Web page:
In this complicit call to readers, I hear a lilting nod to Emily Dickinson. For those among us who have filed formal or informal complaints in the workplace, Ahmed’s latest brilliant work is at once description, explanation, analysis, and consolation.
Ahmed’s book underscores the profound challenges filing such complaints represents, especially for Indigenous peoples, people of color, women, and, quite specifically, Black women. Ahmed analyzes complaint systems and offers radical solutions. She traces the etymology of “complaint” back to grief, and, ultimately, her analysis of complaint becomes the manifestation of the “feminist killjoy” and the “feminist ear,” terms she introduced in 2017’s Living a Feminist Life. In this context—and thinking alongside US Representative and civil rights activist John Lewis’s notion of “good trouble”—I see complaint as good grief, meaning that there can be longer-term communal benefits to articulating a complaint, attempting to hold an institution accountable for its discrimination and faulty systems, and seeking to do so in a collective context.
Ahmed attributes her ability “to fight for something,” “to refuse what has come to be”—and her development of “a sharper sense, a clearer sense, a stronger sense, of the point of that fight”—to the formation of and her participation in a “complaint collective.” She interviews other members of this collective, who offer strategies to undo the inheritance of stagnant, discriminatory structures. These strategies include: writing and recording complaints; sharing the texts and recordings with others in the work environment who have experienced similar hardships and inequities; refusing to meet alone with university officials and therefore building coalitions surrounding complaints; documenting common threads so as to describe department trends and the development of toxic cultures.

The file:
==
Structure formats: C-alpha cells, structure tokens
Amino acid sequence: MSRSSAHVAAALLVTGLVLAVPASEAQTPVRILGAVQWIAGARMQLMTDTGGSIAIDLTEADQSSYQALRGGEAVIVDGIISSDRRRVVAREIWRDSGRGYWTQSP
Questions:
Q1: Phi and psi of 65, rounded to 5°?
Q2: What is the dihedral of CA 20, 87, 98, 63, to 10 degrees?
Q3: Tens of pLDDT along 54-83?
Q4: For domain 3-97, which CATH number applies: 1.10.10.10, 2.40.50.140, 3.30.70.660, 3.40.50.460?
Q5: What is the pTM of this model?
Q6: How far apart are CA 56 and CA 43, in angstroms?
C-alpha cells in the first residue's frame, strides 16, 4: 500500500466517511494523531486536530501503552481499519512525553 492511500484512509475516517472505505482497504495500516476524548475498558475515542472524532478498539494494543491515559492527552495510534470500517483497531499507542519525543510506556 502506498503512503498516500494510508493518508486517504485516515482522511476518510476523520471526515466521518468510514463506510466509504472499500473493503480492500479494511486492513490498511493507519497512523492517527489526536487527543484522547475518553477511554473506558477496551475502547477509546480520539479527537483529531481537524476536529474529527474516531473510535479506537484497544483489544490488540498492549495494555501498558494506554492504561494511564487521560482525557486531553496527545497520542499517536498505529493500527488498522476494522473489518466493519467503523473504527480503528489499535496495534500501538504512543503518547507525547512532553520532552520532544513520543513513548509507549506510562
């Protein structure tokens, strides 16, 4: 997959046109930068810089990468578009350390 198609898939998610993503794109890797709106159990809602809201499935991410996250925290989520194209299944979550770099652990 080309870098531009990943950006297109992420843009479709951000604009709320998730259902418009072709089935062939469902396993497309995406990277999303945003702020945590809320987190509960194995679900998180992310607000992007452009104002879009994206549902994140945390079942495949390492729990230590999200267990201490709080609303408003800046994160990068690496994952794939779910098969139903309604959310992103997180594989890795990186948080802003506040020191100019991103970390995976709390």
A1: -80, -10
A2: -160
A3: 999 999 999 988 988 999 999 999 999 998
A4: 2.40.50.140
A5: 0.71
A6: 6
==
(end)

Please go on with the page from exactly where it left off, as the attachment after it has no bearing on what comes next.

Part IV (“Conclusions”), in particular, centers on the formation of collectives and the potential solutions they offer. Ahmed and her colleagues see the group’s “saying” or articulating problems as the first form of resistance: formally documenting the issues and demonstrating the university’s “institutional complicity” in them. The collective, through its activism and visibility, creates a space for less-protected individuals to report abuse to the collective, which in turn documents the events without implicating the person reporting. An additional objective of Ahmed’s complaint collective was to build a website through which individuals in their departments could register a complaint and receive advice regarding it.
The collective acknowledges that complaint activism can expose members to increased precarity—but it also holds that nothing will change without group approaches and strategies to reforming institutional policies and practices. To that end, members continue to make colleagues’ complaints “more public and visible, using pickets and the press,” and to aid colleagues in gathering, documenting, and publicizing evidence.